In other nations, the pandemic has highlighted the need for a national consensus, agreements between political forces who decide to implement measures needed to put the virus under control. One such example is Italy, where a “national unity government” has formed under the leadership of prime minister Mario Draghi and supported by almost every political force in the nation. In the US, the Biden administration has also expressed the need to work across the aisle to steer the nation in the face of the pandemic.
But a push toward unity now looks unlikely in Ecuador or Peru, a trend which could also emerge regionally. In Colombia and Brazil, where elections loom, the political center has also failed to rally around a convincing candidate.
A warning to other leftist candidates in South America
While Peru’s preliminary results have put a left-wing candidate in the pole position, Lasso’s victory in Ecuador does not look good for South America’s traditional left.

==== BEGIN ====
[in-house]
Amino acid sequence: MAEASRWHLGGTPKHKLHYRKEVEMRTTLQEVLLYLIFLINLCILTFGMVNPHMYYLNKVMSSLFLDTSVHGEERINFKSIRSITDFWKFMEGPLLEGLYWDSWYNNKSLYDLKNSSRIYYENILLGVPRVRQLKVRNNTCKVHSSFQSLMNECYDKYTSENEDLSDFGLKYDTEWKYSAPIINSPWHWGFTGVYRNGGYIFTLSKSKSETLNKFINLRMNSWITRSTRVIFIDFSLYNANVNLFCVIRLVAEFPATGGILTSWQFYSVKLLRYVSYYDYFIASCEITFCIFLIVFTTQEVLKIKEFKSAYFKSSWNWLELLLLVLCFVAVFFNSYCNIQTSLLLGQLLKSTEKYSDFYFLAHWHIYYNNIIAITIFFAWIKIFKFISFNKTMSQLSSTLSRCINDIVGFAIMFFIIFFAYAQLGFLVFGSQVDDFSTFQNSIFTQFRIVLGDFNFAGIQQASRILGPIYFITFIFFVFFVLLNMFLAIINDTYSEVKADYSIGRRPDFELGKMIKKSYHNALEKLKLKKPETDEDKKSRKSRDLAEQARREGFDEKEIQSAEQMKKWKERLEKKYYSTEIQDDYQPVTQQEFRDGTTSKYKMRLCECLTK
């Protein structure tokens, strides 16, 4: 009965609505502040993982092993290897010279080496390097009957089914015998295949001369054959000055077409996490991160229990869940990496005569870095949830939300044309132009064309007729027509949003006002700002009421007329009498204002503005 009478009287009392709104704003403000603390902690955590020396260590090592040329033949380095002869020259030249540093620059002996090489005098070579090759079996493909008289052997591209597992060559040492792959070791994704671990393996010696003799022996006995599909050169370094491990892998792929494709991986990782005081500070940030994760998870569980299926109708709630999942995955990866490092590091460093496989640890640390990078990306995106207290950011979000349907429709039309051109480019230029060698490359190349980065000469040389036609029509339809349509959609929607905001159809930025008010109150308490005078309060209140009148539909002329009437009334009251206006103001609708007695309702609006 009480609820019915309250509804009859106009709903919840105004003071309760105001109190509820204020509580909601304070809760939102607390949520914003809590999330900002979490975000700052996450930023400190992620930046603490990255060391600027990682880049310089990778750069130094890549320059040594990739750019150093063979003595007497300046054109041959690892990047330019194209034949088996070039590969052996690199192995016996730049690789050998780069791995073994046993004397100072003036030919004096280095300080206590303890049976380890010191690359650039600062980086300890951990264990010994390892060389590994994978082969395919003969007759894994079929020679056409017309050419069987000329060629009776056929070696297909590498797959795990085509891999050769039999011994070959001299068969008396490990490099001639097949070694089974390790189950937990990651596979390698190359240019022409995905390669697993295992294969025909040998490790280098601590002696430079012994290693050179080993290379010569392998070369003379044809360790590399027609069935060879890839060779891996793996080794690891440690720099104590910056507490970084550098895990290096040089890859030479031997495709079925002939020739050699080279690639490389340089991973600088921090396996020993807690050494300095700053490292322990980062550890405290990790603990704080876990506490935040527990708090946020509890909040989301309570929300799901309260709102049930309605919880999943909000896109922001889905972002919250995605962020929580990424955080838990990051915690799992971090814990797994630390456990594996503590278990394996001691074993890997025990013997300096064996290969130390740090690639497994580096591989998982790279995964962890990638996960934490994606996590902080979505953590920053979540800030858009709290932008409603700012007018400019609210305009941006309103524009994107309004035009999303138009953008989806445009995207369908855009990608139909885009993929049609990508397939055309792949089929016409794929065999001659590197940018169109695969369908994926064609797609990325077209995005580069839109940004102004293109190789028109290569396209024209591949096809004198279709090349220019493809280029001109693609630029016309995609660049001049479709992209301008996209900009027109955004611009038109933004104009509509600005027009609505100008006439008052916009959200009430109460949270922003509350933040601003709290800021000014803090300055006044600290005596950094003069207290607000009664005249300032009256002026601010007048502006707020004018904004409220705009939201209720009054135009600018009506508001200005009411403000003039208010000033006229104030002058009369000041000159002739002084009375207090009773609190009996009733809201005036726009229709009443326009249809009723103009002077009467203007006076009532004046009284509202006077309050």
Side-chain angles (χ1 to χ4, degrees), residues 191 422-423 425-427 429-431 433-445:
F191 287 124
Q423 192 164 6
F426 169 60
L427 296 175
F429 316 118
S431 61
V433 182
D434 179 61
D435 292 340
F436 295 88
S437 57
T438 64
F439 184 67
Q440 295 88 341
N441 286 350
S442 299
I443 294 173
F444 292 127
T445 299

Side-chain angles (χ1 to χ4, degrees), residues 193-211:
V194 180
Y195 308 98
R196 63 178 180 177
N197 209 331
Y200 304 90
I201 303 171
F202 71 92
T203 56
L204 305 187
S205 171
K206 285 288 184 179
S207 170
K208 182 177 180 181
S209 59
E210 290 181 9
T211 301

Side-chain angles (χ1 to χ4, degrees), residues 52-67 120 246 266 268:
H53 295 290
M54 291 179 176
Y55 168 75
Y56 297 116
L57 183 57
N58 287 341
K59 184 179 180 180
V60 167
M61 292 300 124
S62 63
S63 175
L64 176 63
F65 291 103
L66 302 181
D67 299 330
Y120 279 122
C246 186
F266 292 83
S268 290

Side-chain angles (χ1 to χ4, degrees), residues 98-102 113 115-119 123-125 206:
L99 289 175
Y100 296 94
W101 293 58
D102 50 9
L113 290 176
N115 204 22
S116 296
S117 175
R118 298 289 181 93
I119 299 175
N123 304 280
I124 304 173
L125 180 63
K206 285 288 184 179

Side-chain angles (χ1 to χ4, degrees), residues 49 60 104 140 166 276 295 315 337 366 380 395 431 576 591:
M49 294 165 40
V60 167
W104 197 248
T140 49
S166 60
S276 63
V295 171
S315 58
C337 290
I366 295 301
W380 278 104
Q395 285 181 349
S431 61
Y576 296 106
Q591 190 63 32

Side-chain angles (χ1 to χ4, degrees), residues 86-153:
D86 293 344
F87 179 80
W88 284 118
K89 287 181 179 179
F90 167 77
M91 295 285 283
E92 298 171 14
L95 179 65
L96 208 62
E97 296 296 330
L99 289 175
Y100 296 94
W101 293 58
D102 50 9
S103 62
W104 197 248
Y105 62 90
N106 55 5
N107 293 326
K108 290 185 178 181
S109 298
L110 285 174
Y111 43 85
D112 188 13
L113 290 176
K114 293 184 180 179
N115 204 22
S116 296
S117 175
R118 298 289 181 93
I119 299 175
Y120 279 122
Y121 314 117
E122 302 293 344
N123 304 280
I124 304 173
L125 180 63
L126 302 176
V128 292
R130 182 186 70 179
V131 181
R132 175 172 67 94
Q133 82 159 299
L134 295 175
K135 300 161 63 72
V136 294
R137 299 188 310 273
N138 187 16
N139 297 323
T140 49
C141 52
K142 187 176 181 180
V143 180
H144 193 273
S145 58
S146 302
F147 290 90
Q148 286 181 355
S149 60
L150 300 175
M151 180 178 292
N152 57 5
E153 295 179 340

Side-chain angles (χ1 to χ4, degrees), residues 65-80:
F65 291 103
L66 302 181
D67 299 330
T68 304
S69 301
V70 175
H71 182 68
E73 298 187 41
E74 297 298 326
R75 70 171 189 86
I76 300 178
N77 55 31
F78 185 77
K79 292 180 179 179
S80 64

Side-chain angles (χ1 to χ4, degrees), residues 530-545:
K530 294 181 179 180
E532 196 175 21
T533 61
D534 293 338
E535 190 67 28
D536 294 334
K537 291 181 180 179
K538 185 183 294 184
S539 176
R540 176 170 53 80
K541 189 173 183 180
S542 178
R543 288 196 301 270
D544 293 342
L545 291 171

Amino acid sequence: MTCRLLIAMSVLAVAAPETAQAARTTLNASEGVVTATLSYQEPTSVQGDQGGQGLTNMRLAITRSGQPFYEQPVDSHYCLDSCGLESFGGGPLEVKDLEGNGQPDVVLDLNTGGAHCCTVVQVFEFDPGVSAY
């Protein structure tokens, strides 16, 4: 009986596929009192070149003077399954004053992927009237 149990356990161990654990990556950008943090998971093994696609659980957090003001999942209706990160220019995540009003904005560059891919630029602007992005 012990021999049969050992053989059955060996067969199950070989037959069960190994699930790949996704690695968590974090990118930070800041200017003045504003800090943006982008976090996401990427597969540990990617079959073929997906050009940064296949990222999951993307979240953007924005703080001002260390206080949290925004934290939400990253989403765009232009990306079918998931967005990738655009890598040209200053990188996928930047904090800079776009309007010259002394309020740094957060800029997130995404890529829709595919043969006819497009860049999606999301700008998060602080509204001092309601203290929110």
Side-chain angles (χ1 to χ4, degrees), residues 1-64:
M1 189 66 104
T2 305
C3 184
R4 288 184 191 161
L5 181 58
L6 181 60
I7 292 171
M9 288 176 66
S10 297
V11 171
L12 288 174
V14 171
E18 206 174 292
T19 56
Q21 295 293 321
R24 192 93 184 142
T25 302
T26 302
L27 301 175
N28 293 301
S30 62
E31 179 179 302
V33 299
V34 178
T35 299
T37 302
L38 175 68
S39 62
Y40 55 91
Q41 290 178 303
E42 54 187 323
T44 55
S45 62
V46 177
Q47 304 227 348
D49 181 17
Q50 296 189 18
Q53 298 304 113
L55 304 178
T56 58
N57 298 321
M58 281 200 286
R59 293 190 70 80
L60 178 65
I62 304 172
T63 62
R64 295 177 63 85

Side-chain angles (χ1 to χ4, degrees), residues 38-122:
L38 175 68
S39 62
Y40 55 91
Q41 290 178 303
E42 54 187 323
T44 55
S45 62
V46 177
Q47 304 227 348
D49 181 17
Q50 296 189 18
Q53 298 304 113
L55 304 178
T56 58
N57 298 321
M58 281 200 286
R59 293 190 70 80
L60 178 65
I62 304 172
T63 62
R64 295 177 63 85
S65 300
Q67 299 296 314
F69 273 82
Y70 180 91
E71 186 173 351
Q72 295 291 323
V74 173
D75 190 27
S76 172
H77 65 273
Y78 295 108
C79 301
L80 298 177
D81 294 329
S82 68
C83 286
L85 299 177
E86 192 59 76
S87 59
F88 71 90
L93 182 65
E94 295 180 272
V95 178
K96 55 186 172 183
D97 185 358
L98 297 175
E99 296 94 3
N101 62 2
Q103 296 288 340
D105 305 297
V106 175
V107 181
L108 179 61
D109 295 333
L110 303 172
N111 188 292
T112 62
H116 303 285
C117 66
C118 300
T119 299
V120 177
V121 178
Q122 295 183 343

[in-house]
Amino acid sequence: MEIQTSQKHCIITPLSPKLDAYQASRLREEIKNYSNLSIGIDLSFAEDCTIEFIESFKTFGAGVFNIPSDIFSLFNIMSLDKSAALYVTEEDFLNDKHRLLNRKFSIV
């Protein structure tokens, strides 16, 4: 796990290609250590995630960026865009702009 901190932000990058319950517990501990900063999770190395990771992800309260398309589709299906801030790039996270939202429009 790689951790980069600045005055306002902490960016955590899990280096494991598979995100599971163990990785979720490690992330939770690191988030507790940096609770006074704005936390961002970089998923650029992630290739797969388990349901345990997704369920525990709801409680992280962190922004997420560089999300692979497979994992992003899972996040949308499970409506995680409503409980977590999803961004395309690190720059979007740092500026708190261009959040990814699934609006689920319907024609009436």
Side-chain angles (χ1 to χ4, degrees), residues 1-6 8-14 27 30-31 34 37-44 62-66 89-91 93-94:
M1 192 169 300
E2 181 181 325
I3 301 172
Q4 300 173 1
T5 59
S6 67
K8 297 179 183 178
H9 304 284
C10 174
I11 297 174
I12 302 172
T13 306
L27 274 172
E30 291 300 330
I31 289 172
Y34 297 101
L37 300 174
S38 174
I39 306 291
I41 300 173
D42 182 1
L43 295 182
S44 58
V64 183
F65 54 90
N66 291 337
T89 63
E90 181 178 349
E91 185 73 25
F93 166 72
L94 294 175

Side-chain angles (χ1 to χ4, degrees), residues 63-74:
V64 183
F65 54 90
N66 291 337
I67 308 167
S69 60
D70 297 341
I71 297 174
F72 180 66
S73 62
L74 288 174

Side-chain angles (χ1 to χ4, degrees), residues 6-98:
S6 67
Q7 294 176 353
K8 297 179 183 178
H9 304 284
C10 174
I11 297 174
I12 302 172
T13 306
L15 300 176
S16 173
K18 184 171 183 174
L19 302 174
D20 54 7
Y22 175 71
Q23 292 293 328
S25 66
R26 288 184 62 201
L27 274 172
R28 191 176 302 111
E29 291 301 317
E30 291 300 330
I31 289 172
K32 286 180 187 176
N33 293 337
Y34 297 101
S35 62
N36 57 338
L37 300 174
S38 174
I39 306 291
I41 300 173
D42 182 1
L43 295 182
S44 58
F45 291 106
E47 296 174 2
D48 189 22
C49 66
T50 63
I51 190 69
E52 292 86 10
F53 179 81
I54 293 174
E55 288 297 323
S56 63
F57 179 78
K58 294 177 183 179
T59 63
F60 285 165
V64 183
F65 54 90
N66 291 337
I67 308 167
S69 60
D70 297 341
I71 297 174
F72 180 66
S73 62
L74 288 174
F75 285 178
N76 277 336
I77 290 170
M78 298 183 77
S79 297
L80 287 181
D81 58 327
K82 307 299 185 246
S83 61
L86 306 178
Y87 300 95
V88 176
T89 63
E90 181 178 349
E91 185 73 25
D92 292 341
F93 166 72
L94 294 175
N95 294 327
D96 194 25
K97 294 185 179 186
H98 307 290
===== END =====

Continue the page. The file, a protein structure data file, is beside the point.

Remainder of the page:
The losing candidate Arauz ran his campaign under the shadow of former president Rafael Correa, who ruled the country from 2007 to 2017 on a leftist, populist platform. The support of the former leftist leader gave Arauz a strong base — he led the first round of the elections with 31.5% 32% of the vote — but also meant only a few undecided voters turned out for him in the second round.
“This election was yet another referendum on Correa and a reflection of his polarizing legacy,” said John Polga-Heicemovich, a professor of comparative politics at the US Naval Academy who writes extensively on Ecuador.
“Many Lasso voters seem to have celebrated the defeat of correismo more than the victory of their candidate. The fact that Arauz placed third in five provinces–behind Lasso and the null vote–also reflects Correa’s divided legacy among the ideological left and poor record with the indigenous and the environment,” he said.
Arauz’s shortcoming is a warning to other South American left-leaning candidates who may try to replicate the success of the left-leaning “Pink Tide” leaders who were in power during the commodity boom of the early 2000s. That generation of leftist leaders oversaw a temporary boost to consumption due to expanded public investment but fell short of ending South America’s chronic inequality or creating structural reforms.
A series of corruption scandals in many countries in the region over the past decade have also tarnished the legacy of that period.
The gridlock to come